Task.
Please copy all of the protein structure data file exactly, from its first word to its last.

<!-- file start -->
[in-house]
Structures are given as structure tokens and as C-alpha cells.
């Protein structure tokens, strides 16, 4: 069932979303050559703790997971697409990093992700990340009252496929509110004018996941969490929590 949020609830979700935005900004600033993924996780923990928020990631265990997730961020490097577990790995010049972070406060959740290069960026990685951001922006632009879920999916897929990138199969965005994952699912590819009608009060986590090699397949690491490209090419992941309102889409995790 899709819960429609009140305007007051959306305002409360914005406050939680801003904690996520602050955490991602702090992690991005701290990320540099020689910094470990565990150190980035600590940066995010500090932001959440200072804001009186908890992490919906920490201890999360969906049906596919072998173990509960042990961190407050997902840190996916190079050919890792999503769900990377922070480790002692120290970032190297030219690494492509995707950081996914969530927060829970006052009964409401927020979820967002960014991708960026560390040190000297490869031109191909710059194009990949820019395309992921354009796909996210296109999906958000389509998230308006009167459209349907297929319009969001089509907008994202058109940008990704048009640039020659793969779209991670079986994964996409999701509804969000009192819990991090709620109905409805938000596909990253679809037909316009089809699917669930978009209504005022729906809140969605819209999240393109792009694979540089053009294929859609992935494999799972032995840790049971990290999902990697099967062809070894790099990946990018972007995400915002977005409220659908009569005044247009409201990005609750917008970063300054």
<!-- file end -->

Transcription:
[in-house]
Structures are given as structure tokens and as C-alpha cells.
């Protein structure tokens, strides 16, 4: 069932979303050559703790997971697409990093992700990340009252496929509110004018996941969490929590 949020609830979700935005900004600033993924996780923990928020990631265990997730961020490097577990790995010049972070406060959740290069960026990685951001922006632009879920999916897929990138199969965005994952699912590819009608009060986590090699397949690491490209090419992941309102889409995790 899709819960429609009140305007007051959306305002409360914005406050939680801003904690996520602050955490991602702090992690991005701290990320540099020689910094470990565990150190980035600590940066995010500090932001959440200072804001009186908890992490919906920490201890999360969906049906596919072998173990509960042990961190407050997902840190996916190079050919890792999503769900990377922070480790002692120290970032190297030219690494492509995707950081996914969530927060829970006052009964409401927020979820967002960014991708960026560390040190000297490869031109191909710059194009990949820019395309992921354009796909996210296109999906958000389509998230308006009167459209349907297929319009969001089509907008994202058109940008990704048009640039020659793969779209991670079986994964996409999701509804969000009192819990991090709620109905409805938000596909990253679809037909316009089809699917669930978009209504005022729906809140969605819209999240393109792009694979540089053009294929859609992935494999799972032995840790049971990290999902990697099967062809070894790099990946990018972007995400915002977005409220659908009569005044247009409201990005609750917008970063300054």